The bones of any landscaping business are its equipment. When they break or don’t perform, your operations can quickly come to a halt. To prepare for the upcoming season, audit your equipment and determine what overhauls and maintenance need to be done. For your mower fleet, be sure to change the oil and filters, inspect belt conditions and check the tire pressure. While mostly routine, these tasks can slip through the cracks as the busy spring season ramps up.
This is also the time of year for new equipment decisions and purchases. If you’re planning for growth, look beyond simply replacing current mower units and determine what upgrades are needed to take on new and more jobs. Think efficiency, productivity, reliability, durability, comfort and feature upgrades to help take your business to the next level. And always be willing to try something different. Whether it’s new mower products or even manufacturers, demo different machines and get a feel for how they operate to ensure you’re investing in those that work for your business.
Staff Early, Train Early
If equipment are the bones of your business, then employees are its lifeblood. And given tight labor markets, this is not the year to procrastinate identifying and recruiting employees. Staffing up will take more time and resources this year, and businesses that don’t prioritize it will likely find shortages holding them back from their full potential and goals. When looking for new labor, prioritize asking current employees for referrals, network with other business leaders, include a link for employment inquiries on your website and reach out to local community colleges.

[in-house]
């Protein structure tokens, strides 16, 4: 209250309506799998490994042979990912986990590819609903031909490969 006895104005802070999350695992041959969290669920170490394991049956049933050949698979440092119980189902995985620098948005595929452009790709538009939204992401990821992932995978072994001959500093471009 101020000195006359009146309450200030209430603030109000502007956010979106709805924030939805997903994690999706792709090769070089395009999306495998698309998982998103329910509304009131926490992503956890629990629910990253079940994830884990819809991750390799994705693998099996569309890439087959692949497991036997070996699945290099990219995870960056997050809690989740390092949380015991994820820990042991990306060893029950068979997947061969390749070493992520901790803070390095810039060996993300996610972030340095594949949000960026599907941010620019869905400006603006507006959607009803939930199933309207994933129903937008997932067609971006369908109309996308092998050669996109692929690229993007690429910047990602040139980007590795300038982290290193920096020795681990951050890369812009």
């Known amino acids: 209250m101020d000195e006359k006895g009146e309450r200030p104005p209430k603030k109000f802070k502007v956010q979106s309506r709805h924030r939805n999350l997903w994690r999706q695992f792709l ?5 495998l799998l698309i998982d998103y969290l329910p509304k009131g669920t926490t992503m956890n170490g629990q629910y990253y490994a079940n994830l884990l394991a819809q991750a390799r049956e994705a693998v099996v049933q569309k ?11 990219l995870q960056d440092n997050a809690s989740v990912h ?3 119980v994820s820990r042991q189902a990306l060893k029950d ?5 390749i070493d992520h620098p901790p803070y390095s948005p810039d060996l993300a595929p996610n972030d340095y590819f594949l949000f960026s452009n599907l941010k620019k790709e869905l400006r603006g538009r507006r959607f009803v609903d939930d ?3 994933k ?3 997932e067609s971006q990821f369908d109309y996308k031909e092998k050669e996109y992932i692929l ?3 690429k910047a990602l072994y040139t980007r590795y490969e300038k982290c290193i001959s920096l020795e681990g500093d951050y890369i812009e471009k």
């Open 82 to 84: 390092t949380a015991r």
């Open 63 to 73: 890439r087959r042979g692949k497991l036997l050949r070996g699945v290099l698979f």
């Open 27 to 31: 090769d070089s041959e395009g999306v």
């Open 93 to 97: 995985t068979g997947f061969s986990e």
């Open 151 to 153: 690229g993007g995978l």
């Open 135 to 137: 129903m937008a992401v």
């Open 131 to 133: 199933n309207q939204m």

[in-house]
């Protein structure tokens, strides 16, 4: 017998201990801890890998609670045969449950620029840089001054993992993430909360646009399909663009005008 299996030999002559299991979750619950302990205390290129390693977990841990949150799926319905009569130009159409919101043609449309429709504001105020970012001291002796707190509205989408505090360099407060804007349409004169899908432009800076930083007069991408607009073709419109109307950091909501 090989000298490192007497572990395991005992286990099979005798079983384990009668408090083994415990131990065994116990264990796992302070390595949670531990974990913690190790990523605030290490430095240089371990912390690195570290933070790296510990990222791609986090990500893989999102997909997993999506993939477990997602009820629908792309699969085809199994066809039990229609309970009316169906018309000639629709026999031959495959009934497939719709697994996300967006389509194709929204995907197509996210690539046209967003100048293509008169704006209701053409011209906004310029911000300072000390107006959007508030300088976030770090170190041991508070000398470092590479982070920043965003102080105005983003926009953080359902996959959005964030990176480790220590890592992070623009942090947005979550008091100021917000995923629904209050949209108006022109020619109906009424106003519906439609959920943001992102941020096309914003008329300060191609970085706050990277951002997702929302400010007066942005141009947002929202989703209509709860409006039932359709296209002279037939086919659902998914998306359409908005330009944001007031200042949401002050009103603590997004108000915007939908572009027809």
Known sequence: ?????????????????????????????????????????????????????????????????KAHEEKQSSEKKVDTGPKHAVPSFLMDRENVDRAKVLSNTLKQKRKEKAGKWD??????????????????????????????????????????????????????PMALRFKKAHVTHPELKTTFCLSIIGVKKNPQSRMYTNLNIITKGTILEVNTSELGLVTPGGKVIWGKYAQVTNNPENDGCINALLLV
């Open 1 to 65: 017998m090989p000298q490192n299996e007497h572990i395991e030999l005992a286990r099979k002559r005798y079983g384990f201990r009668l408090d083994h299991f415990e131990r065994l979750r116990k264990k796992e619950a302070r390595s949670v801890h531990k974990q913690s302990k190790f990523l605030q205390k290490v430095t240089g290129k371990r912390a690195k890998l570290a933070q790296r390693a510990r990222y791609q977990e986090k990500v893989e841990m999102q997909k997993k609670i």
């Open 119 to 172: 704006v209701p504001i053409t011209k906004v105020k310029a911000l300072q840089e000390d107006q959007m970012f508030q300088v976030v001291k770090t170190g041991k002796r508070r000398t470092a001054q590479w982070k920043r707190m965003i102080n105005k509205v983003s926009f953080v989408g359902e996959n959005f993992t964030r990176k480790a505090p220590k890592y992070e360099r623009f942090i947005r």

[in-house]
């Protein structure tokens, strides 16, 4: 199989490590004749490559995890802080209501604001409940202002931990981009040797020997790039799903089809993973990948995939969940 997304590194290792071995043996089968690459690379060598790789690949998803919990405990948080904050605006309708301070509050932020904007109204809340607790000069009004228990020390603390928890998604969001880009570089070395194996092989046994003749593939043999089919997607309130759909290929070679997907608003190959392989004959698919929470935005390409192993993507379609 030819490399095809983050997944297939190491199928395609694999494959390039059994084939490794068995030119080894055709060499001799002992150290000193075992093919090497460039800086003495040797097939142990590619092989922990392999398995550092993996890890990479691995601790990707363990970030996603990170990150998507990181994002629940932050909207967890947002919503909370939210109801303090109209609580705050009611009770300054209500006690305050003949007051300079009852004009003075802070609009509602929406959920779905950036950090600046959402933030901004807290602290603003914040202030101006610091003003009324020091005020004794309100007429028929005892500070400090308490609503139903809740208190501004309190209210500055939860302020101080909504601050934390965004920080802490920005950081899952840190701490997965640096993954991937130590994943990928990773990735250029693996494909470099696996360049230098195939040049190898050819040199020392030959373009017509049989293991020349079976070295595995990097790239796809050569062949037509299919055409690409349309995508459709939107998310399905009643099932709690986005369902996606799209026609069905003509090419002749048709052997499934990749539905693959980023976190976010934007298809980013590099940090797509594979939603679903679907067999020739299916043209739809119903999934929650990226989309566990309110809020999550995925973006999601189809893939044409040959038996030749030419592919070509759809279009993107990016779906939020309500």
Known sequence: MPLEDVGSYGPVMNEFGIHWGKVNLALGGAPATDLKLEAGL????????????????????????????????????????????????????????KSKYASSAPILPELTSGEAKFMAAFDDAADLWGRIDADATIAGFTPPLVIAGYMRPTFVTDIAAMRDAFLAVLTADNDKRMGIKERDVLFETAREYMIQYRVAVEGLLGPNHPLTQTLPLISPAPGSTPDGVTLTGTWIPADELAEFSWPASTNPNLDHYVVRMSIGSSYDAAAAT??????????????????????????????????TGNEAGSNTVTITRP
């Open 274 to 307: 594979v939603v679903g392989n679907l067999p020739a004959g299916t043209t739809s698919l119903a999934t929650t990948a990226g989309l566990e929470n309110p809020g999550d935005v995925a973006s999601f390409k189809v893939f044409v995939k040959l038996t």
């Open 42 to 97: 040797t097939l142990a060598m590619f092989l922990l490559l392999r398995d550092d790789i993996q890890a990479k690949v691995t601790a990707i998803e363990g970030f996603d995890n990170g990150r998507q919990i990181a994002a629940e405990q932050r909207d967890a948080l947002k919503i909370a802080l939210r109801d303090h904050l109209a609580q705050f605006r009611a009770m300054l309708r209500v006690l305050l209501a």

In a perfect world, all your employees will have landscaping experience; however, you realistically will be dealing with several fresh faces to the industry. While it may be tempting to go with a learn-on-the-job approach, proactive and intentional training can help increase day-one productivity and limit potential pitfalls.
In addition to training, you can look at investing in technology that drastically lowers the learning curve and ups the overall productivity for new and returning employees. For example, Cub Cadet® PRO ZTM 960 S and 972 S SurePath™ units are outfitted with GPS technology and an exclusive four-wheel steering system that provide a semi-autonomous experience designed to maximize efficiency and productivity while minimizing effort and training. The operator simply sets the preliminary cut line and the SurePath™ units will perform straight cutting paths with an auto zero-turn at the end of each row at the touch of a button. Because of the intuitive nature of the GPS technology, operators, from new hires to landscaping vets, can be expected to deliver consistent quality cuts and efficient operation when using a SurePath™ unit.
Landscapers who take the time to learn from the past, plan for the future and proactively address equipment and staffing needs will be the ones best positioned to thrive this year. And while unexpected hurdles and new challenges are all but guaranteed, starting the process now will pay dividends down the road and set you up for long-term success.